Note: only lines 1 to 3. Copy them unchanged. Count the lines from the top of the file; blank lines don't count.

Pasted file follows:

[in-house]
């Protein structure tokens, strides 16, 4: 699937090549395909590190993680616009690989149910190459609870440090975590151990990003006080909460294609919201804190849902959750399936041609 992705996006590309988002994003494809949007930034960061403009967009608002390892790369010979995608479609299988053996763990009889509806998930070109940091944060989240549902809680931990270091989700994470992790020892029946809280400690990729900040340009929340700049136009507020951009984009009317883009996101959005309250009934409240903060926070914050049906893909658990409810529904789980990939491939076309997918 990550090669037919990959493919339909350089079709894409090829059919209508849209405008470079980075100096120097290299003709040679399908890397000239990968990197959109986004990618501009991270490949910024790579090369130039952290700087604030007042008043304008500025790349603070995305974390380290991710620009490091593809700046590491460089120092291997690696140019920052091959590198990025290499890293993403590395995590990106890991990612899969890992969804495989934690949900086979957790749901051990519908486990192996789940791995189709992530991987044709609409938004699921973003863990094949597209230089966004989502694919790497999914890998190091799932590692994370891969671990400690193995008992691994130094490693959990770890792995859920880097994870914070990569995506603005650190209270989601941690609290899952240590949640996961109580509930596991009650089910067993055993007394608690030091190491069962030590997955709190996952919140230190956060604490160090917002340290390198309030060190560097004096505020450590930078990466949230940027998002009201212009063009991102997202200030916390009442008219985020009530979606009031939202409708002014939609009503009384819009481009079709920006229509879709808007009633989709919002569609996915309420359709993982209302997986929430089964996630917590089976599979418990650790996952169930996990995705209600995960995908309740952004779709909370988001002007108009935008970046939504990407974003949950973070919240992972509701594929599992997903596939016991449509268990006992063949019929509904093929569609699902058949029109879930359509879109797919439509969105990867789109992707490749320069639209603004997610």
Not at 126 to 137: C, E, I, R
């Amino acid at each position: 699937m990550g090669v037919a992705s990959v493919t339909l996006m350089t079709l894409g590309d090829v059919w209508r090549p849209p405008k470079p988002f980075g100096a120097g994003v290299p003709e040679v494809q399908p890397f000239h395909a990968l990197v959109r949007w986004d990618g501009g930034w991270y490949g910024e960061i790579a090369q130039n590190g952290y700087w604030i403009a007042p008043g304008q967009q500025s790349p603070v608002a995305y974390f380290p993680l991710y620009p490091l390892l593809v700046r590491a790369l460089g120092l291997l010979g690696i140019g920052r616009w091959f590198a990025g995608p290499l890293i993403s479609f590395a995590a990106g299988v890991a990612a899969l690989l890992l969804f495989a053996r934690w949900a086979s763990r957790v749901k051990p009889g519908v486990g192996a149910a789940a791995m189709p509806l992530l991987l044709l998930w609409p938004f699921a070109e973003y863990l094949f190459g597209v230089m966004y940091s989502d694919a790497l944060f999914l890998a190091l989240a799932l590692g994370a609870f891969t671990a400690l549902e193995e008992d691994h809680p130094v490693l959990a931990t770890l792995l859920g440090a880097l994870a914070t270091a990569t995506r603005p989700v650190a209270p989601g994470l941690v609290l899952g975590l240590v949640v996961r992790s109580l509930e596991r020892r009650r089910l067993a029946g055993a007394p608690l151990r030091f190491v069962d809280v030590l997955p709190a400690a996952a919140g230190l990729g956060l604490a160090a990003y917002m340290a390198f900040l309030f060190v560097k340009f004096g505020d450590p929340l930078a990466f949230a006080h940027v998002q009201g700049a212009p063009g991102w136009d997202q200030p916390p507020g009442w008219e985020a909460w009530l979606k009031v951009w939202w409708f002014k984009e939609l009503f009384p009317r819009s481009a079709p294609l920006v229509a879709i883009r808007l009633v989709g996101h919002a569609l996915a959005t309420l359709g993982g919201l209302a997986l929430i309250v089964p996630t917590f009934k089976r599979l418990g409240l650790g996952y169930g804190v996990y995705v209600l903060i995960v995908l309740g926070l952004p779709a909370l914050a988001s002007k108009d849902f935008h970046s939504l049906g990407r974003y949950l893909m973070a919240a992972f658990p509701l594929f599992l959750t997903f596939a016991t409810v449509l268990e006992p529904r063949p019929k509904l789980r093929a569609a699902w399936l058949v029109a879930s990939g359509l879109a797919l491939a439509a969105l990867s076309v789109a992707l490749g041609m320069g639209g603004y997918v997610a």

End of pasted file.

[in-house]
């Protein structure tokens, strides 16, 4: 699937090549395909590190993680616009690989149910190459609870440090975590151990990003006080909460294609919201804190849902959750399936041609 992705996006590309988002994003494809949007930034960061403009967009608002390892790369010979995608479609299988053996763990009889509806998930070109940091944060989240549902809680931990270091989700994470992790020892029946809280400690990729900040340009929340700049136009507020951009984009009317883009996101959005309250009934409240903060926070914050049906893909658990409810529904789980990939491939076309997918 990550090669037919990959493919339909350089079709894409090829059919209508849209405008470079980075100096120097290299003709040679399908890397000239990968990197959109986004990618501009991270490949910024790579090369130039952290700087604030007042008043304008500025790349603070995305974390380290991710620009490091593809700046590491460089120092291997690696140019920052091959590198990025290499890293993403590395995590990106890991990612899969890992969804495989934690949900086979957790749901051990519908486990192996789940791995189709992530991987044709609409938004699921973003863990094949597209230089966004989502694919790497999914890998190091799932590692994370891969671990400690193995008992691994130094490693959990770890792995859920880097994870914070990569995506603005650190209270989601941690609290899952240590949640996961109580509930596991009650089910067993055993007394608690030091190491069962030590997955709190996952919140230190956060604490160090917002340290390198309030060190560097004096505020450590930078990466949230940027998002009201212009063009991102997202200030916390009442008219985020009530979606009031939202409708002014939609009503009384819009481009079709920006229509879709808007009633989709919002569609996915309420359709993982209302997986929430089964996630917590089976599979418990650790996952169930996990995705209600995960995908309740952004779709909370988001002007108009935008970046939504990407974003949950973070919240992972509701594929599992997903596939016991449509268990006992063949019929509904093929569609699902058949029109879930359509879109797919439509969105990867789109992707490749320069639209603004997610």
Not at 126 to 137: C, E, I, R